While Woodward went on to play many more parts after McCall, his two spy shows worked nicely as bookends for his career. First, he was the spy as angry young man; later he was the spy as cynical, embittered old man, his soul wrecked by a lifetime spent ruining lives and inflicting violence on behalf of a government not always in the right. Those two archetypes together pretty much define the serious side of the spy genre, and they defined Woodward's own estimable career. The Equalizer, while more iconic in the United States, was not nearly the gold standard of the genre that Callan was, and wasn't always all that "serious." But even when the plots (sometimes concoted by future 24 mastermind Joel Surnow) veered into typical 80s vigilante action and mayhem, Woodward himself always remained as serious as hell, firmly anchoring the whole show with his undeniable gravitas. He was the prototypical asskicking old guy. Before Alias' Jack Bristow or Taken's Bryan Mills, McCall was a bonafide silver-haired action hero. And it wasn't his Walther that told kidnappers and drug dealers and other assorted 80s riffraff that McCall wasn't a man to be trifled with; it was Woodward's ice-cold stare. He was a master of the stare, conveying many emotions without speaking a word, from Callan's "I hate you and I detest what you're making me do, but you know damn well I'll do it" defiant stare reserved for his ever-changing boss, Hunter, to McCall's "don't you dare f--k with me, because I've seen it all and done it all and I may be old but you haven't got a chance" steely gaze.

As iconic as those two roles were, Woodward's contributions to the spy genre actually went well beyond Callan and McCall. Early in his career, he turned in memorable guest performances on ITC staples like The Saint (where he played a tormented politician) and The Baron. His Belloq-like, unscrupulous antiques dealer on the very best episode of the latter series was the dark side of the Baron himself (Steve Forrest), and a far more complex and compelling character. It's a pity he was introduced so late in the series, as he would have made a fantastic recurring antagonist. He created the character of Callan in dramatisation of James Mitchell's "A Magnum For Schneider" on the anthology series Armchair Theatre. That led to four seasons of the series, and after that Woodward reprised the role twice, in the theatrical film Callan (a remake of "A Magnum For Schneider") and the reunion movie Wet Job (1981). Later spy roles included an MI6 officer in Codename: Kyril (1988) and, in the late 90s, stepping into Gordon Jackson's shoes as leader of The New Professionals, Brian Clemens' (The Avengers) more espionage-heavy revival of his 70s action drama.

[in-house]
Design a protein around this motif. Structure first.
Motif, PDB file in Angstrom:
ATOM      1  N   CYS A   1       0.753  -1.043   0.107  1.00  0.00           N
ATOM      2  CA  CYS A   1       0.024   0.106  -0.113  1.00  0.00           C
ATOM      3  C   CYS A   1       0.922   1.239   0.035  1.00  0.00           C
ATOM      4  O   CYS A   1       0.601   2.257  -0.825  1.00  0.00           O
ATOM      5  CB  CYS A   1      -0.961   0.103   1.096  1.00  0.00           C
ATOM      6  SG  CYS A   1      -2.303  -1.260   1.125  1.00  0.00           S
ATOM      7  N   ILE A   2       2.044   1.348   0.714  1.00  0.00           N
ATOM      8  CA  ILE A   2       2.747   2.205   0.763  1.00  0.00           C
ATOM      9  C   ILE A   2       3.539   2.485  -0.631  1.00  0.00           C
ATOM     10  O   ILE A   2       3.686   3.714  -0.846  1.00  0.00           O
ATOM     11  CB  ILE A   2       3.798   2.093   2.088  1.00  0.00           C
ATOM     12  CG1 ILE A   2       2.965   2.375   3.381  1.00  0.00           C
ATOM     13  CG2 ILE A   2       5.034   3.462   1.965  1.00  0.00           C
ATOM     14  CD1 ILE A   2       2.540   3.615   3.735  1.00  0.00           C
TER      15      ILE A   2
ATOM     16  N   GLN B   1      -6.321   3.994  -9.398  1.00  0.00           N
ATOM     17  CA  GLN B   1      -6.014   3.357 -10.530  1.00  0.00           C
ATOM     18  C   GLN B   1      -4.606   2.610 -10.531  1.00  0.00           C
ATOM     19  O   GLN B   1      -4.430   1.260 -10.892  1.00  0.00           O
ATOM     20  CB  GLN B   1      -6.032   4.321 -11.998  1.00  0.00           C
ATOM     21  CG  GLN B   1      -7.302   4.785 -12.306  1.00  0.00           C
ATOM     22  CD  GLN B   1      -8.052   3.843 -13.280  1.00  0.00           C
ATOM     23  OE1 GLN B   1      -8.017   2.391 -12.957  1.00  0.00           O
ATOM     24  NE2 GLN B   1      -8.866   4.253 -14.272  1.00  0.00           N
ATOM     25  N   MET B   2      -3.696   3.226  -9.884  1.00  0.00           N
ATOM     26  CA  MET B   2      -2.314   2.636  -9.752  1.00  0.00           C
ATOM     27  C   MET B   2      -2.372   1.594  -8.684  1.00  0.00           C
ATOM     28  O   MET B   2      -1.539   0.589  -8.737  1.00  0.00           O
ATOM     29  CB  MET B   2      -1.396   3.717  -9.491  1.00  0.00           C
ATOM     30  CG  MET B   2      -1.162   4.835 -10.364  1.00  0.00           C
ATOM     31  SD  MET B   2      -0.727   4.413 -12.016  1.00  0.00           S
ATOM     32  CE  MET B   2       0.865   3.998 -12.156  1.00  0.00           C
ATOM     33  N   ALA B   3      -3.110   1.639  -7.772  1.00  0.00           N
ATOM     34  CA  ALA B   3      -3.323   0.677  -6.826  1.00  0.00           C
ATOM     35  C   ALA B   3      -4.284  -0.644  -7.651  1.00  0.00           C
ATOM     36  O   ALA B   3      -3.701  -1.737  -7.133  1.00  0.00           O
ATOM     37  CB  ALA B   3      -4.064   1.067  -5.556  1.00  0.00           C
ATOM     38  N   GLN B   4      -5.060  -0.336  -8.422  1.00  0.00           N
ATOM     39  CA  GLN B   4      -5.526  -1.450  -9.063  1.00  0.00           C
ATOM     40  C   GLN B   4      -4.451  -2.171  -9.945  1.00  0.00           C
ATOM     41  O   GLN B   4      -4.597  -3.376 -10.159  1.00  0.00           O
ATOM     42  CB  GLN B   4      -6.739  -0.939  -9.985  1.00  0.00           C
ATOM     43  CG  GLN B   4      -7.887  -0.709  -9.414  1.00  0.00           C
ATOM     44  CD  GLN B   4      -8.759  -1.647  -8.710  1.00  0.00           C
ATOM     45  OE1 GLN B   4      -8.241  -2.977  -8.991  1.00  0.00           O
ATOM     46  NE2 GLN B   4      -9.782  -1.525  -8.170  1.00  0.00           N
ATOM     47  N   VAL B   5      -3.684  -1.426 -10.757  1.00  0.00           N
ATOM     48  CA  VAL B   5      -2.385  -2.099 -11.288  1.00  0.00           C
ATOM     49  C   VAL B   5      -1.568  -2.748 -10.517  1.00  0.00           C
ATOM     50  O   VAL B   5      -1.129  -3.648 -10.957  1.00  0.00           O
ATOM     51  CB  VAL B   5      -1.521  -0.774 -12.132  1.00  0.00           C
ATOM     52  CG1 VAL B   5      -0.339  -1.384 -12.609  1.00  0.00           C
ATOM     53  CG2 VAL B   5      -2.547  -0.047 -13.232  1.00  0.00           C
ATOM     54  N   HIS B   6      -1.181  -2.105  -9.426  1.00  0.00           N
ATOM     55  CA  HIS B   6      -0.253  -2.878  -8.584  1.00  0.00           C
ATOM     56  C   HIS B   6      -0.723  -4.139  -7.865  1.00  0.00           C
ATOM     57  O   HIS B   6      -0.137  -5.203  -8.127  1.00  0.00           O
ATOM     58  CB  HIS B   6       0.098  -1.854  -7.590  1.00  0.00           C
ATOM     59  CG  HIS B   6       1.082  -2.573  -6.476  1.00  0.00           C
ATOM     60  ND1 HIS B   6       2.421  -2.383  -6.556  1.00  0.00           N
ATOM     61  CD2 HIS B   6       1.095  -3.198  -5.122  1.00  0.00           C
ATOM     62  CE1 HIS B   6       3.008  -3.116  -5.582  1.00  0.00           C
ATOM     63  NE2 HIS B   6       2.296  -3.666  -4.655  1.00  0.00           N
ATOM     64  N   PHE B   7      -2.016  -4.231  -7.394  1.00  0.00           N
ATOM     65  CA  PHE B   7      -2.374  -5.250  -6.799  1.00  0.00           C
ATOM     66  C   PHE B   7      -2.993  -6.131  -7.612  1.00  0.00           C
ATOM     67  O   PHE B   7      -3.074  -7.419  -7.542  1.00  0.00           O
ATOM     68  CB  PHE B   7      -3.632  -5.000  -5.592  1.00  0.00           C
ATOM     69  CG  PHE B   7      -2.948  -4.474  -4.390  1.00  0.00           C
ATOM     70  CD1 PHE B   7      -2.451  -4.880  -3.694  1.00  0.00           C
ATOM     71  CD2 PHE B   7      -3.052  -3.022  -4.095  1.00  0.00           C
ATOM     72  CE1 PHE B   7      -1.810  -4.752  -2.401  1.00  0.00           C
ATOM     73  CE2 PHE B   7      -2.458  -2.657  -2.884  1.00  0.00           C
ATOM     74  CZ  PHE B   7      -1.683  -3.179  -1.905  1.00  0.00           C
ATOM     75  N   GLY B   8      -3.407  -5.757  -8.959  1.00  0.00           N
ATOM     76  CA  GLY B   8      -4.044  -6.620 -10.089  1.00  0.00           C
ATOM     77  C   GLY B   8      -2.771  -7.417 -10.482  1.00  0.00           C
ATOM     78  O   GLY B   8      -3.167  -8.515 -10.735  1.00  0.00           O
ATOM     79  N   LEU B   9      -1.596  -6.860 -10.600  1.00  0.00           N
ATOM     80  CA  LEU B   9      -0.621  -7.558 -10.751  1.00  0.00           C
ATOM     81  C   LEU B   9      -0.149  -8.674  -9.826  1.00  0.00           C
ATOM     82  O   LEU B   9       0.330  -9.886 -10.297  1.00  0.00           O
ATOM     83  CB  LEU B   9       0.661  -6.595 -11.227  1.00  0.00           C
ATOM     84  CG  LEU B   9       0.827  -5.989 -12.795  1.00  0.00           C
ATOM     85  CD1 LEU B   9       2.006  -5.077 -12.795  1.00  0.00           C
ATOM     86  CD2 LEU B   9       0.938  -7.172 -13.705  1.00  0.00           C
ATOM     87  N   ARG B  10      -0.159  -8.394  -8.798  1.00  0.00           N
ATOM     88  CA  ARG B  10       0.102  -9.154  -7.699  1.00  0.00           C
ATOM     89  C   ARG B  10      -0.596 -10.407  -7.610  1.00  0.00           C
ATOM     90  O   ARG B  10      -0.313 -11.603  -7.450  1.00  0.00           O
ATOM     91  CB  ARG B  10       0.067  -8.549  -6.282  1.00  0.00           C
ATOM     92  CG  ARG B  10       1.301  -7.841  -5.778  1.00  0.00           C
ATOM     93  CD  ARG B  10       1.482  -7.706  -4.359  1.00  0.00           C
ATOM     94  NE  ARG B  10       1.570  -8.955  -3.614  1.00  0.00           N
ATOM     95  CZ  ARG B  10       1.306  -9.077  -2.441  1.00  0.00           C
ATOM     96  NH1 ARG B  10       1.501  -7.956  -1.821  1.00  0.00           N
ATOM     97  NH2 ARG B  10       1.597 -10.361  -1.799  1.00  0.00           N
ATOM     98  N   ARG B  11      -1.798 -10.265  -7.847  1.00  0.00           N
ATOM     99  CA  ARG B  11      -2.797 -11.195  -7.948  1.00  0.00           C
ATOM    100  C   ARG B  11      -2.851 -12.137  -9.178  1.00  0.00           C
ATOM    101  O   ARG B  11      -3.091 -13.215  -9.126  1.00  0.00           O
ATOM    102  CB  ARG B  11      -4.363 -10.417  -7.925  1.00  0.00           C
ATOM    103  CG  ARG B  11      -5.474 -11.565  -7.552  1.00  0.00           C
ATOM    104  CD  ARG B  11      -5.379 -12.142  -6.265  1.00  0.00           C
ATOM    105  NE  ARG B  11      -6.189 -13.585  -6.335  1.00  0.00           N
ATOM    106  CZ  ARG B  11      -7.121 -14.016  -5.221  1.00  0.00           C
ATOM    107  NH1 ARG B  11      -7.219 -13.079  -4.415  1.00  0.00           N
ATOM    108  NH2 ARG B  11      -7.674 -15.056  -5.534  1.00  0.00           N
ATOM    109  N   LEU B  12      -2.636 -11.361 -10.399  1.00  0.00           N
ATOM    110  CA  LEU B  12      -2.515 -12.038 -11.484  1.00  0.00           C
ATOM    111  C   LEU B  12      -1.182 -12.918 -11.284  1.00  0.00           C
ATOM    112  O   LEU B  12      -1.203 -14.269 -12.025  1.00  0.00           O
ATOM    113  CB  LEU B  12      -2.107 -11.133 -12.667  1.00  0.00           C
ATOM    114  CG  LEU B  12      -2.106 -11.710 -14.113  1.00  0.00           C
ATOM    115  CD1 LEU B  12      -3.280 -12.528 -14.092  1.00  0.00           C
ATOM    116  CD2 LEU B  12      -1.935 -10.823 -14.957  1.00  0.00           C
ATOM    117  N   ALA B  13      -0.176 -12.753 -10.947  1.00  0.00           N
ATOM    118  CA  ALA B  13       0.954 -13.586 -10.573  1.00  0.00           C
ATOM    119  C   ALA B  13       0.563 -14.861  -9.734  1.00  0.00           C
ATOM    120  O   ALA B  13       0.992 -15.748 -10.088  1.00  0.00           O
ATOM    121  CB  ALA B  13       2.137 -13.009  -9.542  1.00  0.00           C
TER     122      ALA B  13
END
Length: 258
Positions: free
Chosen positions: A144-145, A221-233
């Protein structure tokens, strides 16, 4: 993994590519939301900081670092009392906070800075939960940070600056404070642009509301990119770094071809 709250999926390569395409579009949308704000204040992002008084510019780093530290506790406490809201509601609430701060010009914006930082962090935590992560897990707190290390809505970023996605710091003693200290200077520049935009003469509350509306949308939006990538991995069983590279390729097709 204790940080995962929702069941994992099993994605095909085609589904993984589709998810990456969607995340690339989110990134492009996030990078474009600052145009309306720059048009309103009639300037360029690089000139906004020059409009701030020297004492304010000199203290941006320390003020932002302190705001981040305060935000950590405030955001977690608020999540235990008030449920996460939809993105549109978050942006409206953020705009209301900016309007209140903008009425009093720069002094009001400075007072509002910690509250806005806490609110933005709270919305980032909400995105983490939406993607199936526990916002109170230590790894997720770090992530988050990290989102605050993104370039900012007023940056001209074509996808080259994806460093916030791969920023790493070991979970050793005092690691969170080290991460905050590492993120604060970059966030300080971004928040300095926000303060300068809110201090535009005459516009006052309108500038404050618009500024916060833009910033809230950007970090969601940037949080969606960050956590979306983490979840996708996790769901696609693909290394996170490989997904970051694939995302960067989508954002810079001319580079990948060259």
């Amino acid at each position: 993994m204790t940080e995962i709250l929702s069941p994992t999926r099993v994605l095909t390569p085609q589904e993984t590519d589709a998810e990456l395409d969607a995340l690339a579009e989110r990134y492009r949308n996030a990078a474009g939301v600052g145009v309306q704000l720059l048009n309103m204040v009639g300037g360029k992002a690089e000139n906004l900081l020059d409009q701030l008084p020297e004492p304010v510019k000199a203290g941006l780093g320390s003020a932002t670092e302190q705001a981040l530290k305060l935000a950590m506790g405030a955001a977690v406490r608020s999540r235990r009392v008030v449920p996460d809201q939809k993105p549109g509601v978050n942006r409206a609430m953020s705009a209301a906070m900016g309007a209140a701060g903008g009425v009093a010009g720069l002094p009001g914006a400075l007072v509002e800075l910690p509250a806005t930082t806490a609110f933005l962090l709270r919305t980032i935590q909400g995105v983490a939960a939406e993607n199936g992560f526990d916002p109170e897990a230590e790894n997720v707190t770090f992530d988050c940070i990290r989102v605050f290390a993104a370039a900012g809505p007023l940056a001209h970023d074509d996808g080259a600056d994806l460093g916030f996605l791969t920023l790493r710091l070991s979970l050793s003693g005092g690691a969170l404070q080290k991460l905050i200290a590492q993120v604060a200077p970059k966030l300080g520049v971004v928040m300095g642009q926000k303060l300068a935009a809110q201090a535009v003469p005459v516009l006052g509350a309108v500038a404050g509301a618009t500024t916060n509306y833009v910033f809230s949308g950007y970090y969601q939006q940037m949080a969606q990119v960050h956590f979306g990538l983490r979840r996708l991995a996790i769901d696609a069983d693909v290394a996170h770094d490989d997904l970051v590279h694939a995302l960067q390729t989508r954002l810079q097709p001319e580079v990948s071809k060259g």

As good as he was at wet work, Woodward's CV covered a great deal more genres than spy. He revealed an unexpected flair for black comedy in Edgar Wright's sublime Hot Fuzz (2007), his last major theatrical role. He shined in military roles in movies like Breaker Morant (1980) and Mister Johnson (1990, with Pierce Brosnan) and even took a stab at Sherlock Holmes in the TV movie Hands of a Murderer, but will probably remain best remembered for his stellar performance as Sgt. Howie in the 1973 cult horror classic The Wicker Man, opposite Christopher Lee. While Lee had the showier role, it was Woodward on whom it fell to carry the movie. And he did so in fantastic fashion, playing a stuffy, unlikable hero with such utter conviction that you can't help sympathize with the out-of-his-depth policeman by the film's final moments. The character may have lacked Callan's steely resolve or McCall's prickly badassery, but once more Woodward brought to the role that undeniable gravitas that defined his career. He was an unsung titan of the spy genre, and he will be missed. For a good idea of the legacy that Edward Woodward leaves behind, I highly recommend checking out Callan: Set 1, finally released on DVD in America just this year.

Read my review of Callan: Set One here.

Nov 16, 2009

The Prisoner Blu-Ray On Sale At Deep Discount

Deep Discount is running their semi-annual DVD sale right now, but it's not quite as good as it usually is. Instead of 20-15% off their usually already low prices, it's 40% off of the Manufacturer's Suggested Retail Price this winter. In some cases, that equation works out in the consumer's favor. But in most, it means you don't save as much as you used to. Still, with the site's free shipping, you can still find a number of good deals for your holiday spy shopping. Foremost among them is a special offer that appears to be available for a single day: you can save a whopping sixty percent on A&E's Blu-ray edition of The Prisoner: The Complete Series! That makes the entire series (and we're talking about the utterly brilliant Sixties original here, starring the great Patrick McGoohan, not the new version) in high-definition, including all of the fabulous extras available in the United States for the first time with this release, only $39.99 as opposed to a hundred bucks. Wow! If there's a spy fan on your shopping list this season, pick this up now! In fact, if there are any intelligent people who like great television on your list, pick this up. And, of course, get one for yourself. That's a hell of a deal. And, just to maintain a shred of dignity, I'd like to stress that I'm not shilling for Deep Discount, but for The Prisoner itself. This deal just happens to be the cheapest way to get it. The series is absolutely essential television, spy or otherwise.